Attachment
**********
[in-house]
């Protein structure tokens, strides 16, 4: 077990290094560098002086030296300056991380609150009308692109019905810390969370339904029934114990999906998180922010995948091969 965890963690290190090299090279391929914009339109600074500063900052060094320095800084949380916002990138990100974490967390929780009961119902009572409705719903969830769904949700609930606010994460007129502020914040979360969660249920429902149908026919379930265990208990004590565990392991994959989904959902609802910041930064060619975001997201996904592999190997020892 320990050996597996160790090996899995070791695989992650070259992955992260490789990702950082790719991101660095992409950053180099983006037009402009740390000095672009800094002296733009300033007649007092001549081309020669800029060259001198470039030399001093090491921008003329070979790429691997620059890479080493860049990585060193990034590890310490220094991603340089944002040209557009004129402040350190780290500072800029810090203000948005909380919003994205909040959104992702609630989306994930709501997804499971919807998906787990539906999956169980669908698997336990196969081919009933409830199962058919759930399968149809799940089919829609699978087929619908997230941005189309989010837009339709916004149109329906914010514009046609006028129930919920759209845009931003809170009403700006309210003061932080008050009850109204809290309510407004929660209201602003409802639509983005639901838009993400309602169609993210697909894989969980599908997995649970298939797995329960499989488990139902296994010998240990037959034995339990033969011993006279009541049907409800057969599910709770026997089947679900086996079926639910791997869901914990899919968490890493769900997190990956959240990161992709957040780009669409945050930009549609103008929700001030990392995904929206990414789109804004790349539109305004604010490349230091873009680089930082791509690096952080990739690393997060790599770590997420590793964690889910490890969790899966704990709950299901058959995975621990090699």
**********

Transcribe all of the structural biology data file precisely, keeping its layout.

[in-house]
């Protein structure tokens, strides 16, 4: 077990290094560098002086030296300056991380609150009308692109019905810390969370339904029934114990999906998180922010995948091969 965890963690290190090299090279391929914009339109600074500063900052060094320095800084949380916002990138990100974490967390929780009961119902009572409705719903969830769904949700609930606010994460007129502020914040979360969660249920429902149908026919379930265990208990004590565990392991994959989904959902609802910041930064060619975001997201996904592999190997020892 320990050996597996160790090996899995070791695989992650070259992955992260490789990702950082790719991101660095992409950053180099983006037009402009740390000095672009800094002296733009300033007649007092001549081309020669800029060259001198470039030399001093090491921008003329070979790429691997620059890479080493860049990585060193990034590890310490220094991603340089944002040209557009004129402040350190780290500072800029810090203000948005909380919003994205909040959104992702609630989306994930709501997804499971919807998906787990539906999956169980669908698997336990196969081919009933409830199962058919759930399968149809799940089919829609699978087929619908997230941005189309989010837009339709916004149109329906914010514009046609006028129930919920759209845009931003809170009403700006309210003061932080008050009850109204809290309510407004929660209201602003409802639509983005639901838009993400309602169609993210697909894989969980599908997995649970298939797995329960499989488990139902296994010998240990037959034995339990033969011993006279009541049907409800057969599910709770026997089947679900086996079926639910791997869901914990899919968490890493769900997190990956959240990161992709957040780009669409945050930009549609103008929700001030990392995904929206990414789109804004790349539109305004604010490349230091873009680089930082791509690096952080990739690393997060790599770590997420590793964690889910490890969790899966704990709950299901058959995975621990090699």